That’s who you need to find: those who need and want to hear your message. My goal for my book is not to sell millions of copies. If that happened I wouldn’t complain, but more importantly my goal for my book is to spark change in women. I need to find those women who are done with “business as usual” and I also need to find the ones who don’t know how much they really need the Culture Rebel message.
How do you find your audience? There’s a couple of ways:
1. Blog. I started my Culture Rebel blog one year ago with the sole purpose of finding the audience interested in the message. After a year I have a steady following of those who are inspired by my story. Ironically, I find blogging more rewarding than the book itself! Think about it: each day a blog is posted (for free, remember), it hits the cyber world and has the capacity to impact and bless more people than you can imagine. A blog can go where a book can’t. I don’t get caught up with “numbers” for my blog, but on consistently posting short 500-1000 word posts that have to do with the Culture Rebel message. The key word is: consistent. That doesn’t mean it has to be daily, but create a pattern of frequency that people will begin to expect. I blog 5x a week and post faithfully first thing in the morning. People have began to expect it. Maybe for you it’s 2x or 3x a week. Whatever you do, make it consistent.
2. Tweet. Many don’t understand twitter. If I didn’t have a message I was seeking to bring to culture, I don’t know if I would find twitter entirely useful. It would be yet another time-sucker in the social media world, but not if you have a message. I find twitter to be one of the best ways to connect with like-minded people who I learn from and who I offer what I have to them. It’s a networkers dream. However, it’s a whole new world with etiquette to be learned. Jeff Goins has a great blog post about how to properly use twitter; 20 Essential Tips for Better Twitter Etiquette.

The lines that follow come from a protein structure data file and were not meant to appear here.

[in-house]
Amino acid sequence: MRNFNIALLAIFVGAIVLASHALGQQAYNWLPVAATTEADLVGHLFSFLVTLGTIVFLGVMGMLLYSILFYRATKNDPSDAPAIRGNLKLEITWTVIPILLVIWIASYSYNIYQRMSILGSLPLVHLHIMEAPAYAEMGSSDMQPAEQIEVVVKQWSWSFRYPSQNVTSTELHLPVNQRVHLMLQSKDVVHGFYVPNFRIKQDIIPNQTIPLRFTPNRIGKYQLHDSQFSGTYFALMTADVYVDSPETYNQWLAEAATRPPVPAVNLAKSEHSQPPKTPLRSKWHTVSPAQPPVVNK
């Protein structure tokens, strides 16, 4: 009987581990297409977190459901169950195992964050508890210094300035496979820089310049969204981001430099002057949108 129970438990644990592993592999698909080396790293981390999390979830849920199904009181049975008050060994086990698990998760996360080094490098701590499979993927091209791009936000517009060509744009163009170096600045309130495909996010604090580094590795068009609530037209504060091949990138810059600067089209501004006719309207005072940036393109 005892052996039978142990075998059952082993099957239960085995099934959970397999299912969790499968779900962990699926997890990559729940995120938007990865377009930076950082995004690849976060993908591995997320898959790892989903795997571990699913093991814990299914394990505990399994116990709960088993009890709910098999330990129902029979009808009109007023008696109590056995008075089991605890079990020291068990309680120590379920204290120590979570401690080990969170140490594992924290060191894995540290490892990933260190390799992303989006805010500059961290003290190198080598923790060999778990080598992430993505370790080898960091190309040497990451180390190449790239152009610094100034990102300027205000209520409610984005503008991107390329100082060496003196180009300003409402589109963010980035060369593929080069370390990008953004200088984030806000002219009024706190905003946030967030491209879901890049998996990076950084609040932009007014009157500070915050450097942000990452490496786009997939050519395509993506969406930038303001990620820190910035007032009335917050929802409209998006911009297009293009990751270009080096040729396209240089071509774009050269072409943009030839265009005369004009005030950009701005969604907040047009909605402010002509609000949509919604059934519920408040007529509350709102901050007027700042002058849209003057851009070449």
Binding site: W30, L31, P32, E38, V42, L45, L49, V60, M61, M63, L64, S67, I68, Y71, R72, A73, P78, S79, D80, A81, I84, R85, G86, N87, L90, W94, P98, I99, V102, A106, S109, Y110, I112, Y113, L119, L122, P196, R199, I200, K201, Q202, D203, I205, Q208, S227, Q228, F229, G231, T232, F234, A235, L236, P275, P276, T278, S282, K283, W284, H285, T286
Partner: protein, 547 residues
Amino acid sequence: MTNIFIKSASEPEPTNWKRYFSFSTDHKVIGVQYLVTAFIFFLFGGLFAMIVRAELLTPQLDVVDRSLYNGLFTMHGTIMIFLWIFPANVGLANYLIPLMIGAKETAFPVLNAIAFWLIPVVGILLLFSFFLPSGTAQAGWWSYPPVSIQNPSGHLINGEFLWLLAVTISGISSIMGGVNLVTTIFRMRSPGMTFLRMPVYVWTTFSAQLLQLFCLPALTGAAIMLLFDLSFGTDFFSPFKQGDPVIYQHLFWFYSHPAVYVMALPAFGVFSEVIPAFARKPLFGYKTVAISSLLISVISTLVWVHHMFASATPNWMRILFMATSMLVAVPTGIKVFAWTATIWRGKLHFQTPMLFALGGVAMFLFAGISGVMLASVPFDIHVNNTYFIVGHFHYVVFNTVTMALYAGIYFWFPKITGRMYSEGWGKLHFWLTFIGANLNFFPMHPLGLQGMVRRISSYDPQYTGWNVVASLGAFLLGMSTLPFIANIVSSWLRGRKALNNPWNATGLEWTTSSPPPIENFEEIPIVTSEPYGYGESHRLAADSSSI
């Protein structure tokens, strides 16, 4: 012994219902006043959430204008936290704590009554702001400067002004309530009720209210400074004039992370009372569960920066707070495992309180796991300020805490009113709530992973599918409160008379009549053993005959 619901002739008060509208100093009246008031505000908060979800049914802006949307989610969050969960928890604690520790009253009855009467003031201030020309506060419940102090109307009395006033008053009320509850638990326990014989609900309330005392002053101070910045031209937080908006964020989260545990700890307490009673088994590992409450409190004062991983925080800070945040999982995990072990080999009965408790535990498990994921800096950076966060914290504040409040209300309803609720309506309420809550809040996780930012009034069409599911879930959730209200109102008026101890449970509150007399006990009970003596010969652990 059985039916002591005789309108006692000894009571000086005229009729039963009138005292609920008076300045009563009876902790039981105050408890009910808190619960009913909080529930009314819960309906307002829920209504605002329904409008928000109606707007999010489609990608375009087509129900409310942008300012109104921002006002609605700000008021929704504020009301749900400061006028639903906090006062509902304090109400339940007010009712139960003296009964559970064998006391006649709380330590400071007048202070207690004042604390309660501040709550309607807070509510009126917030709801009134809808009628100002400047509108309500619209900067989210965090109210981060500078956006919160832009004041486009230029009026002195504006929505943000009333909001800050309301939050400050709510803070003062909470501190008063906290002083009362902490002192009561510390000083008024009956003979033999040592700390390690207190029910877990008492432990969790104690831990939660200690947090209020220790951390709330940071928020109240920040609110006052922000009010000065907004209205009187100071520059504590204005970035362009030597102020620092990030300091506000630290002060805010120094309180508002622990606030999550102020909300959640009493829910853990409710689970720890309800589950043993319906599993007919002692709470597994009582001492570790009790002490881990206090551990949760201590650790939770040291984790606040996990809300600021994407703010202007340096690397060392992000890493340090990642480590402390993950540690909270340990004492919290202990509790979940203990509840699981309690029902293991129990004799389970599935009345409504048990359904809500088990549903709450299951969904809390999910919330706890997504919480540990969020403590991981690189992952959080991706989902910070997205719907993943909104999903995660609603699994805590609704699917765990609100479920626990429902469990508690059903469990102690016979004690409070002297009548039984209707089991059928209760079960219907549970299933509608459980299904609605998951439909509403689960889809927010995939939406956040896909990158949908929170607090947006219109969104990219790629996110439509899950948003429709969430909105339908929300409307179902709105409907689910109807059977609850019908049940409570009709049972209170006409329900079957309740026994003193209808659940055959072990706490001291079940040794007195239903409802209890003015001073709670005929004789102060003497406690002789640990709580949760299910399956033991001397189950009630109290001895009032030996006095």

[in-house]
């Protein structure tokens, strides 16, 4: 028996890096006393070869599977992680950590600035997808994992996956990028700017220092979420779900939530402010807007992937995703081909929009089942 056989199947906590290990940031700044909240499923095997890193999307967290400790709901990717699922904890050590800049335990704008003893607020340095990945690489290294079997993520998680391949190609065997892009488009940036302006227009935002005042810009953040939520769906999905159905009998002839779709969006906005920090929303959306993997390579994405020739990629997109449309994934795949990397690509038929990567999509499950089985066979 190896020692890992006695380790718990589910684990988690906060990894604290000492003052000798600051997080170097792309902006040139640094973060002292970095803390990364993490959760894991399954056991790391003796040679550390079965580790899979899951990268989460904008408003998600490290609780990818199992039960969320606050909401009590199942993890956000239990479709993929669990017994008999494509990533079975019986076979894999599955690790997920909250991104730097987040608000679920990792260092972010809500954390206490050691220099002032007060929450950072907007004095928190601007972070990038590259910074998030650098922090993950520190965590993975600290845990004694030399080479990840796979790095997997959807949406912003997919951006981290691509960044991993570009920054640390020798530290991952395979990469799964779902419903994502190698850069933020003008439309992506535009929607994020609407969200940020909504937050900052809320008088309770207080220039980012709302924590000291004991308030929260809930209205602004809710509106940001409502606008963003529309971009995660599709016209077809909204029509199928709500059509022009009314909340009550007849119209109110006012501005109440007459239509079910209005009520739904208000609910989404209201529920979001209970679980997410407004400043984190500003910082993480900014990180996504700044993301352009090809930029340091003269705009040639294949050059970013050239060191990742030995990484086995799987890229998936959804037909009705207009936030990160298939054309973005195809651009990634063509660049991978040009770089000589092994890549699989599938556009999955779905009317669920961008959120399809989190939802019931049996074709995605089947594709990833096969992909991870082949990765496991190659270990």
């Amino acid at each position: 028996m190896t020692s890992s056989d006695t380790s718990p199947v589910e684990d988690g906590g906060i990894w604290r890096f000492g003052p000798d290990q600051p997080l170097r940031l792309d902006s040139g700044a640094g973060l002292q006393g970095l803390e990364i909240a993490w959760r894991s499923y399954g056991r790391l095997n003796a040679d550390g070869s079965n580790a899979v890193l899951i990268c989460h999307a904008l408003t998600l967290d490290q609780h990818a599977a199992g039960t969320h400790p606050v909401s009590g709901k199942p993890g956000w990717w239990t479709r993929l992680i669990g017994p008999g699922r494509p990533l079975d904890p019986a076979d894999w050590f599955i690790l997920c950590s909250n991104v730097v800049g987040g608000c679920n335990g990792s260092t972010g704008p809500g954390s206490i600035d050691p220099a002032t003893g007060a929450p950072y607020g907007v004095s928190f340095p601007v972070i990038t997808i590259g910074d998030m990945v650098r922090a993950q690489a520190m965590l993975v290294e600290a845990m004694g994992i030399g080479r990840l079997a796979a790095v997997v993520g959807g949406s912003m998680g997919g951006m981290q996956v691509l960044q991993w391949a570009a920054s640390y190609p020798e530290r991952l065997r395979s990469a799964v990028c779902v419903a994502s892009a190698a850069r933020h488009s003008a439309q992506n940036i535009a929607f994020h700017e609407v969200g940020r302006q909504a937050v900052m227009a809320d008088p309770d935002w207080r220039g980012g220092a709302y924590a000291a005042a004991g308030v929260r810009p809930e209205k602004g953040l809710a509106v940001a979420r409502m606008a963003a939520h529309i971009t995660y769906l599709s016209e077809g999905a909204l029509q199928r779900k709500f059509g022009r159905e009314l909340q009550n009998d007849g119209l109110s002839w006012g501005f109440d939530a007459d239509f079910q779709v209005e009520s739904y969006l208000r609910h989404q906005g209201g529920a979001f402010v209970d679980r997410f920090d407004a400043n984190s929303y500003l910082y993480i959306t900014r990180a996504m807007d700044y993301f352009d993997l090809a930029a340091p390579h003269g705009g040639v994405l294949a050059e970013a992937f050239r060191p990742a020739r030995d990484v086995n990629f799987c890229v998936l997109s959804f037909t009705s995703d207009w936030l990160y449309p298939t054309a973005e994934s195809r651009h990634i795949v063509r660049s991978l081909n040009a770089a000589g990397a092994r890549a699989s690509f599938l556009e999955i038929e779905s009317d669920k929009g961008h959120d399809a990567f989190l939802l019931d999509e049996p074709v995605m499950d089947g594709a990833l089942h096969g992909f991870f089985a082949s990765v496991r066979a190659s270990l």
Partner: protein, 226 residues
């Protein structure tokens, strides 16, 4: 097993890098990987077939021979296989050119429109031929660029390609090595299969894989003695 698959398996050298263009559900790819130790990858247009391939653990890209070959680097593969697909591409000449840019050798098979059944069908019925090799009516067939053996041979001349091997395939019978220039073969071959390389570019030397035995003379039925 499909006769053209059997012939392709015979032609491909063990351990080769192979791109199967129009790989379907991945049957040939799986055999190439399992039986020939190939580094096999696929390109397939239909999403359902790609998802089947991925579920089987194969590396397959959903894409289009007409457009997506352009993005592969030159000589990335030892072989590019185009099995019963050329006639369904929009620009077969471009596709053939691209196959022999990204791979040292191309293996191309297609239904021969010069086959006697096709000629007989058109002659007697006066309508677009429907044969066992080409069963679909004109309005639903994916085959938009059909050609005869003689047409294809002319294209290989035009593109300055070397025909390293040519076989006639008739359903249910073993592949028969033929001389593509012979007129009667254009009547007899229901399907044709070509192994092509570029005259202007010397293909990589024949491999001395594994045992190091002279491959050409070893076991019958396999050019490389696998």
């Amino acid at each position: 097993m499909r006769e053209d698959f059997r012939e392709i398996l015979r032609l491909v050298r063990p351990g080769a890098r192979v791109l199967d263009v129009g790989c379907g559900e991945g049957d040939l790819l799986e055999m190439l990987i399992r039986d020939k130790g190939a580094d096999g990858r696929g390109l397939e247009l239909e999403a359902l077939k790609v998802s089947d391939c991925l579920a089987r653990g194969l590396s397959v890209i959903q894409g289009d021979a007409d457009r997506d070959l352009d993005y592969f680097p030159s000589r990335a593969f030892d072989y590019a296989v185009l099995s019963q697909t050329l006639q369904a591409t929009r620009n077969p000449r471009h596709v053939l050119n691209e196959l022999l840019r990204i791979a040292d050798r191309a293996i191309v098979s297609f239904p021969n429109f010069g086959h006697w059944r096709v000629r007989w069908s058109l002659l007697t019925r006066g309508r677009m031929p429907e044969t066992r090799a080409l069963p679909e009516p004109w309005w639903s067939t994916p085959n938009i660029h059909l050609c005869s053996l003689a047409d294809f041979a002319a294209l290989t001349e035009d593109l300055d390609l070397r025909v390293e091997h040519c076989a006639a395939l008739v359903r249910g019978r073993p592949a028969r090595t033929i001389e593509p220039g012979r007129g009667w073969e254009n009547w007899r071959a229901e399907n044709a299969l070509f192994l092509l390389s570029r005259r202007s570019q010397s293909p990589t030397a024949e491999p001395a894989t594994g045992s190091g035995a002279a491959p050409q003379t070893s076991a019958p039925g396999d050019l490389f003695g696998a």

3. Don’t be afraid to promote your message. This is what I (and many others) struggle with the most. Even though I am extroverted, I shake at the knees at the the thought of even posting a blog post on facebook. Why? Well, I can only speak for myself, but I feel I’m not alone in the fact that I’m afraid of what people think. I don’t want to deal with the subtle comments (or sometimes downright direct comments) coming from people saying, “Who do you think you are?”- because I struggle with thinking that myself already! Here’s what I’ve chosen to do; I’ve chosen to get over myself. Donald Miller has an amazing post on “Some thoughts on Self Promotion and Why Arrogant People Think It’s Wrong”. If you struggle with this, read his post. It helped me realize that not sharing my story is the real arrogance – especially because the heart of it is not for self promotion, but to help and inspire others.
Take some time while you’re writing your book, or before you begin to start implementing the steps above. That way, when your book is ready, the audience that is desperate for it is there waiting for it.